Since March 13, 2017, over 50 local indigenous peasants known as Sedulur Kendeng have been sitting with their feet in cement boxes in protest. This is their second such protest in eleven months.

It is both a symbolic and literal plea to President Joko Widodo, more commonly known as Jokowi, to halt the construction of a cement factory in Rembang, Central Java. They are protesting against the planned mining operation of PT Semen Indonesia—a state owned enterprise. The mega-plan is supported by Ganjar Pranowo, the Central Governor of Java, and Rini Soemarno, the Minister of State-owned Enterprises. Both are politicians from PDIP (Indonesian Democratic Party of Struggle) who led Jokowi to his presidency back in 2014.Read More »

The terrible truth behind the wave of farmer suicides in India

by Nikita Sattiraju

Ecologise.in | 14 February, 2017

Over three lakh farmers have committed suicide in India since 1995. A majority of them were concentrated in five major agricultural states of the country – Maharashtra, Madhya Pradesh, Andhra Pradesh, Karnataka and Chhattisgarh. Even Punjab recorded a high number of 449 farmer suicides in 2015, next only to Maharashtra. Farm suicides have been steadily increasing over the years. On an average, around 15,400 farmers ended their lives each year between 1995 and 2003. This number increased to more than 16,000 between 2004 and 2012.Read More »

October 1, 1949: Chinese people stood up

mao 1.jpg

Chairman Mao Tse-tung (now, Mao Zedong) solemnly proclaims the founding of the People’s Republic of China (PRC) in Tiananmen rostrum, October 1, 1949. The just-concluded first session of the Chinese People’s Political Consultative meeting elected a Central People’s Committee in Beijing, September 30, 1949. Chairman Mao Zedong declared to the world: the Chinese people, who account for a quarter of humanity, must stand up. Since then China’s history has opened up a new era. People’s Republic of China founding ceremony was held at Beijing’s Tiananmen Square, October 1, 1949.Read More »

Farmers Rebel After Organic ‘Elites’ Throw Support Behind Sham Label Law

by Lauren McCauley, staff writer

Common Dreams | 13 July, 2016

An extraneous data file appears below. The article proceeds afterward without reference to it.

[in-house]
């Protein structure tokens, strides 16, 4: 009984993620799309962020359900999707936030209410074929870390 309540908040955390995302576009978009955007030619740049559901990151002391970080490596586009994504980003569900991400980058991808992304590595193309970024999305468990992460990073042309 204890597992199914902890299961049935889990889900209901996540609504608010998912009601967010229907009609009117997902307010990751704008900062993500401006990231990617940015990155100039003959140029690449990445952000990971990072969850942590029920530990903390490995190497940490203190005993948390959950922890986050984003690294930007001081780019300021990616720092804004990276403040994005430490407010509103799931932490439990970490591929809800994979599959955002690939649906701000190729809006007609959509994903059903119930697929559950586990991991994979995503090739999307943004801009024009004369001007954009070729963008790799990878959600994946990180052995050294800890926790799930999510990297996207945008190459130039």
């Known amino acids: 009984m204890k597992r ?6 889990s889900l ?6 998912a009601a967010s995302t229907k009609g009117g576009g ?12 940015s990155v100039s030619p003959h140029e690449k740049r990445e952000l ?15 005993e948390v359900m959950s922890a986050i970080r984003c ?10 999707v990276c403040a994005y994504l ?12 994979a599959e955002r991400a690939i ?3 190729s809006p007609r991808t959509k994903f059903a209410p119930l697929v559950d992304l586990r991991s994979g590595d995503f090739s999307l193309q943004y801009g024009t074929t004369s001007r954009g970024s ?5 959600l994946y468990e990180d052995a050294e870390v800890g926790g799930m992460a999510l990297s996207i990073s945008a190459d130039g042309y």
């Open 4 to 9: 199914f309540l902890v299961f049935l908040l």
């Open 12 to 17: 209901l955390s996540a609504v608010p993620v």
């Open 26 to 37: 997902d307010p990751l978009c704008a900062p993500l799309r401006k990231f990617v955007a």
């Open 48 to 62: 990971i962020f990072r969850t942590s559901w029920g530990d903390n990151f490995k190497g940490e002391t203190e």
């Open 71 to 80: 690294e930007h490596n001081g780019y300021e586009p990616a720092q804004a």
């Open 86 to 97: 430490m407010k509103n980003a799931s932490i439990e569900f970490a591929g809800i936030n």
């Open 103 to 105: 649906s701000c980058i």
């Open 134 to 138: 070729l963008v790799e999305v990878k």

Advocates of labels for genetically modified food take part in the March Against Monsanto in Washington, D.C.. (Photo: Stephen Melkisethian/cc/flickr)
Advocates of labels for genetically modified food take part in the March Against Monsanto in Washington, D.C.. (Photo: Stephen Melkisethian/cc/flickr)

The Stabenow-Roberts GMO labeling bill, which the House of Representatives is expected to vote on this week, has deepened a rift within the organic industry as farmers and other dedicated opponents of genetically modified (GM or GMO) agriculture are breaking ties with those who support the legislation (pdf), which is backed by both Monsanto and the powerful Grocery Manufacturers Association (GMA).

Read More »

Naxalite movement and the peasant question

by Arup Baisya

Frontier | 27 June, 2016

After a long period, the agrarian question or the peasant question has once again come to the fore. The agrarian crisis and the left decline in rural areas make it imperative to have a look on agrarian relations. In the great Indian academic debate on peasant question in the 1960s and 1970s which is known as ‘mode of production debate’, there was no unanimity of opinions. The Naxalbari peasant upsurge vindicated the stand of the section of left who severed ties with mainstream left and formed CPIML declaring the Indian state character as semi-feudal and semi-colonial. This characterization was in consonance with the Mao’s formulation of ‘erosion and retention’ of feudal relation in the era of imperialism and semi-colonial settings. The Naxalbari upsurge actually happened in the backdrop of a phase of class struggle that was unleashed during that period in the Indian agricultural sector. The question arises what happened to the agrarian relations of production after this phase of class struggle. Did this phase mark the beginning of gradual transition of feudalism to capitalism from below as it happened in France? The question also arises whether the continuation of same strategy followed by the CPIML groups in the rural areas post-Naxalbari upsurge has any bearing on the shrinking mass base. Read More »